7. Again, what sins of omission cluster around religious duties! A large proportion of our fellow citizens neglect altogether the outward worship of God. May God forgive them, and send a change in the manners of the people by which the houses of prayer shall be thronged. Alas! it is not with these we need to deal just now, if we wish to find sins of neglect. Are there not with you, my hearers, even with you, sins against the Lord our God? What omissions we are guilty of concerning prayer! how some live as if there were no God, or as if atheistic views had bewitched them! From morning to night multitudes forget the Most High, and do not call on his name; and if perchance they do remember to bow the knee in outward supplication, how few really adore their Maker! How lax in devotion are the most of us! How ready to be excused from communion with God! How short we make our prayers, and how little of our hearts do we throw into them! And that Bible, as it lies open before us, how, with silent but solemn eloquence, it accuses us! Can you look at it, my hearers, without shame? That book is unread from day to day while the ephemeral newspaper, the mere record of the flying hour and its trivialities, is read with eagerness, to the neglect of the great things of God’s law. Truly, we cannot even look around upon the place where we assemble for worship without our omissions accusing us; for when we have been here we have not set our thoughts upon God, we have not sung his praises with heart music. When the time of prayer has come our thoughts have been gadding here and there after vanity. Brothers and sisters, whatever part of religious worship comes under review, we must confess that we have left undone the things which we ought to have done. And so take the whole stretch of human life, from the cradle to grey old age—we failed to honour our parents in our youth; we have been slow in honouring God throughout our manhood; and at the close of life the same omission in different forms may be charged upon us. God deserves from us that we should serve him, that we should to the utmost of our abilities contribute to the increase of his glory; but our talents have been wrapped in a napkin; our service has been given to self; we have lived to please ourselves, or to win our fellow creatures’ applause, while our blessed God has had only the dregs of our thoughts, the remnants of our time, the refuse of our actions.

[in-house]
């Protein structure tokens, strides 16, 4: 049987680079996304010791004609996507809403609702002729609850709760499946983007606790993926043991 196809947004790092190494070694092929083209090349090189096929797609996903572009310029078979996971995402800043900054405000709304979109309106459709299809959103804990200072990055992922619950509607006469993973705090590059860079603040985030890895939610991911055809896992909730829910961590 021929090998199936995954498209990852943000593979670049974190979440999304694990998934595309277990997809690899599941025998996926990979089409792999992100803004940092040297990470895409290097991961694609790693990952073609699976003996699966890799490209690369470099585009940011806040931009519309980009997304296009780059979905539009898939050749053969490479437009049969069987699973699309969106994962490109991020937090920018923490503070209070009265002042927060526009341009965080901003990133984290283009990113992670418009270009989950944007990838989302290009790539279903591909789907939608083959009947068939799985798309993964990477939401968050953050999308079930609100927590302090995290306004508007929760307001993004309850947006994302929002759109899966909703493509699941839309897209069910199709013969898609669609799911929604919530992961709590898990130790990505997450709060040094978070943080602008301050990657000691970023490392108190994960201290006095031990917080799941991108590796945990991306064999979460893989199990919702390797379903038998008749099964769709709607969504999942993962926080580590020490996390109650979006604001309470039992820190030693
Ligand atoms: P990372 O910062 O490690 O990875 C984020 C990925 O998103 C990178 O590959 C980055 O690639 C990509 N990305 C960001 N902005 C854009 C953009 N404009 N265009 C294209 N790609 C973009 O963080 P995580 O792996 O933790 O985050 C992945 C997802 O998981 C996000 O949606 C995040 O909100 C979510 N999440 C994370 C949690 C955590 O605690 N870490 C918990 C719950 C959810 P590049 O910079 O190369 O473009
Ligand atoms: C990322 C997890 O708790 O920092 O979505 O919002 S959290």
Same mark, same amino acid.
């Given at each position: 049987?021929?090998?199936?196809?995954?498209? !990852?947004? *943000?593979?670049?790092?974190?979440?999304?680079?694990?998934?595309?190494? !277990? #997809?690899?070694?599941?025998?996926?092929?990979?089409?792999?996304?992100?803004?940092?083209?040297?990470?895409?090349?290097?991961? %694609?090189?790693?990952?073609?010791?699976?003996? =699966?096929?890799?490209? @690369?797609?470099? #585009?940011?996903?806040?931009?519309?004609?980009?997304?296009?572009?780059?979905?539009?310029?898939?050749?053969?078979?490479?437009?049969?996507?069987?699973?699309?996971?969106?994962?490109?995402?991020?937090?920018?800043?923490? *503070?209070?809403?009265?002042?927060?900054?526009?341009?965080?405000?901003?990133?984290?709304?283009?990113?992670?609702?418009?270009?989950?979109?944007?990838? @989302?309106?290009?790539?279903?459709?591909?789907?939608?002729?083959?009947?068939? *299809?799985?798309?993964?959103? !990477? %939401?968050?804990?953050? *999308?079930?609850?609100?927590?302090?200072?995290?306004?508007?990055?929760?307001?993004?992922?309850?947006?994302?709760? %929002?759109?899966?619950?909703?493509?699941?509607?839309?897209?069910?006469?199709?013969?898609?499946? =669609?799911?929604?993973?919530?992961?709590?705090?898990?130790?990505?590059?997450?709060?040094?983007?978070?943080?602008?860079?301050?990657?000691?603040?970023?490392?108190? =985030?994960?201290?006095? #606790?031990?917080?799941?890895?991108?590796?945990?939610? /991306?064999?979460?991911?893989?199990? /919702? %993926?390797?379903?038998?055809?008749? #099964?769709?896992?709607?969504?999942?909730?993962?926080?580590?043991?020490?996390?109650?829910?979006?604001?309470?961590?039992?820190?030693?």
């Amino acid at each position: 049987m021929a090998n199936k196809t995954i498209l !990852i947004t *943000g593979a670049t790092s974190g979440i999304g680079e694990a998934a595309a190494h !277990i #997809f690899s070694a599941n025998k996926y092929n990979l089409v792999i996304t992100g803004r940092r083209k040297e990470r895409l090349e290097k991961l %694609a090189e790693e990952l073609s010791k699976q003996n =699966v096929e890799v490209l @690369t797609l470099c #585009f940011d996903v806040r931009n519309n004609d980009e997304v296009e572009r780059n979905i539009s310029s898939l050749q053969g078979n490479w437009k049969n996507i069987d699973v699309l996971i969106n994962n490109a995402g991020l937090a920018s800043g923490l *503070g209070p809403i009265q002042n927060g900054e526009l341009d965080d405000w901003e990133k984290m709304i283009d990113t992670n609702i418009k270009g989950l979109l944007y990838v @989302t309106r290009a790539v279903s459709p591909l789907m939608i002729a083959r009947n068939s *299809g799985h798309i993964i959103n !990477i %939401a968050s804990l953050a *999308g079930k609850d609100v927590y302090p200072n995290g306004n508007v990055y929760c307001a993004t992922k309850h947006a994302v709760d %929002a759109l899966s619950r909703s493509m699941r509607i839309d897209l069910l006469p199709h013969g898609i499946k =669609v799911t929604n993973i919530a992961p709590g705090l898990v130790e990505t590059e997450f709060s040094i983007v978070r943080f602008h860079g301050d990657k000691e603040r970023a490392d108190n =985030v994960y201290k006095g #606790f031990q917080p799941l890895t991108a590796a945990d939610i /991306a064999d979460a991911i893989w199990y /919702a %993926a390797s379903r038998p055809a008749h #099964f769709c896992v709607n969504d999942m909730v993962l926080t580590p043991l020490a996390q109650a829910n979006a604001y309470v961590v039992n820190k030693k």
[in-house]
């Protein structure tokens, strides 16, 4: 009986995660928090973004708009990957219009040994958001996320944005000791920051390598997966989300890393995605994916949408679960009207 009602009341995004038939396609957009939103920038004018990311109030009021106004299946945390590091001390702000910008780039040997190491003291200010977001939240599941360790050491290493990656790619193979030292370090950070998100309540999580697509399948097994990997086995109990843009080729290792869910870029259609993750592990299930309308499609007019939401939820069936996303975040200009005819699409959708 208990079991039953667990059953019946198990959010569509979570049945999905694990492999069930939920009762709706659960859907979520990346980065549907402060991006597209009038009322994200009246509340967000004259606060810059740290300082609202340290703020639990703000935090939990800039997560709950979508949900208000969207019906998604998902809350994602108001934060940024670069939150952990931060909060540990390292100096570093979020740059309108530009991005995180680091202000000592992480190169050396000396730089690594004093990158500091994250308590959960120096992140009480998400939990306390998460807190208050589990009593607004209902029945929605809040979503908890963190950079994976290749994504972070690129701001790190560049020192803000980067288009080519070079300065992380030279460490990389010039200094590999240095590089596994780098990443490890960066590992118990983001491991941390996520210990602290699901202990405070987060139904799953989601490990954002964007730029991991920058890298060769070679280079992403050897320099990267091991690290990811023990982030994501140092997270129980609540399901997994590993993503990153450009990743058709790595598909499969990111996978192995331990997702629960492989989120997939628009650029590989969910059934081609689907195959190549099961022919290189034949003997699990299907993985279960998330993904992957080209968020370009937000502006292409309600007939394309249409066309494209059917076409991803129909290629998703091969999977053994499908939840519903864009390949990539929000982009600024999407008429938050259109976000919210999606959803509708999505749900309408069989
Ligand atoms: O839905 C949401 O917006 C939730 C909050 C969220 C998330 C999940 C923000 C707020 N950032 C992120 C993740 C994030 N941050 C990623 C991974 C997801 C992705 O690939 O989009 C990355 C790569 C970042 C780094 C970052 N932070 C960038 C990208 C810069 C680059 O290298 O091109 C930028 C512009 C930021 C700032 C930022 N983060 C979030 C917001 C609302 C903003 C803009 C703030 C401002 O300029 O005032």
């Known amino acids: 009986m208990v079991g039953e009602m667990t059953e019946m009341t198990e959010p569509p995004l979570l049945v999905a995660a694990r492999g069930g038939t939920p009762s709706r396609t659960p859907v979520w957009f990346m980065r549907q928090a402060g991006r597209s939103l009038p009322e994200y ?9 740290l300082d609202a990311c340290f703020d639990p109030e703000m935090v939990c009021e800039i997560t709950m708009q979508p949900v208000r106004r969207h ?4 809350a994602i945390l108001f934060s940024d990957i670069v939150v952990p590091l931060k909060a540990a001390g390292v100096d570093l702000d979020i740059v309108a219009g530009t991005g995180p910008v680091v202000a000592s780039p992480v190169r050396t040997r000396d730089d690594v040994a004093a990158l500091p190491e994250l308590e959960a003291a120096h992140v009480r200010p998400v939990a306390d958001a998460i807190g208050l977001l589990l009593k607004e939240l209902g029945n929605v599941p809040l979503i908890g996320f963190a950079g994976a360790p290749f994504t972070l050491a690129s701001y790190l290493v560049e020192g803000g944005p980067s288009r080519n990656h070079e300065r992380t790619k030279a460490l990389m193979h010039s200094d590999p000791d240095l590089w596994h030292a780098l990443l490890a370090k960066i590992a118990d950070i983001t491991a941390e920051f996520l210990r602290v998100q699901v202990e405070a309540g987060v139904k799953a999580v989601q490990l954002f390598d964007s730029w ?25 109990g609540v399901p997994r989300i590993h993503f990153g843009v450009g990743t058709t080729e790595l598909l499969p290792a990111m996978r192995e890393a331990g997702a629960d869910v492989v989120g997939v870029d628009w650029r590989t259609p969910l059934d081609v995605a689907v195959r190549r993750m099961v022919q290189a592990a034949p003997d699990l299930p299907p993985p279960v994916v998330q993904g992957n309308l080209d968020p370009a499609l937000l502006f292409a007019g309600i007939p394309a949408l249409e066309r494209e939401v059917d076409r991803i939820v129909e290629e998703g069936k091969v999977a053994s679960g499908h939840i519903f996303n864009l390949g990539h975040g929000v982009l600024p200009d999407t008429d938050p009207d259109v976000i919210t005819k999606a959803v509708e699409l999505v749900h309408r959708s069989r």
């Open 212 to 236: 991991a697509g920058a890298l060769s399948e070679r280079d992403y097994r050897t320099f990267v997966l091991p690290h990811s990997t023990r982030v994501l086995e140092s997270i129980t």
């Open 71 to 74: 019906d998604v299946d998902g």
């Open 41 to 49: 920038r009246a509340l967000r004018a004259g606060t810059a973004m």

8. The roll of our omissions is very long, and if it were read by a tender conscience it would seem black with multiplied lamentations. Who among us, apart from the atonement, can endure the thought that God records all our failures of duty as well as our actual transgressions? Who, I say, could dare to look up if it were not for those streaming wounds of that blessed Son of God who has blotted out our iniquities, and washed away our scarlet stains? Our omissions frown upon us and thunder at us; they lie upon the horizon of memory like masses of storm clouds accumulating for a horrible tempest: none of us dares turn our eye in that direction until first we have seen the Lord’s appointed propitiation, and found our rest in him.
9. II. Brethren, I call you to a second thought, what is THE CAUSE OF THIS EXCESSIVE MULTIPLICITY OF SINS OF OMISSION?
10. Of course, my brethren, the great cause lies in our evil hearts. That we do not bring forth fruit to God is because our depraved nature is barren towards him. Man is by nature dead in sin—and how can the dead in sin perform actions which indicate spiritual life? Can we expect to gather grapes or figs from withered trees? “You must be born again,” and until this inward change, this thorough regeneration of our nature has been accomplished, we remain barren and unprofitable and unaccepted by God. Lack of the new nature is the great root of the matter in the ungodly, and the absence of a new heart and a right spirit; and men will never obey the Lord’s commands until the Holy Spirit takes away the heart of stone, and gives them the heart of flesh. May the Lord do that for you, oh you unsaved ones, and his shall be the praise.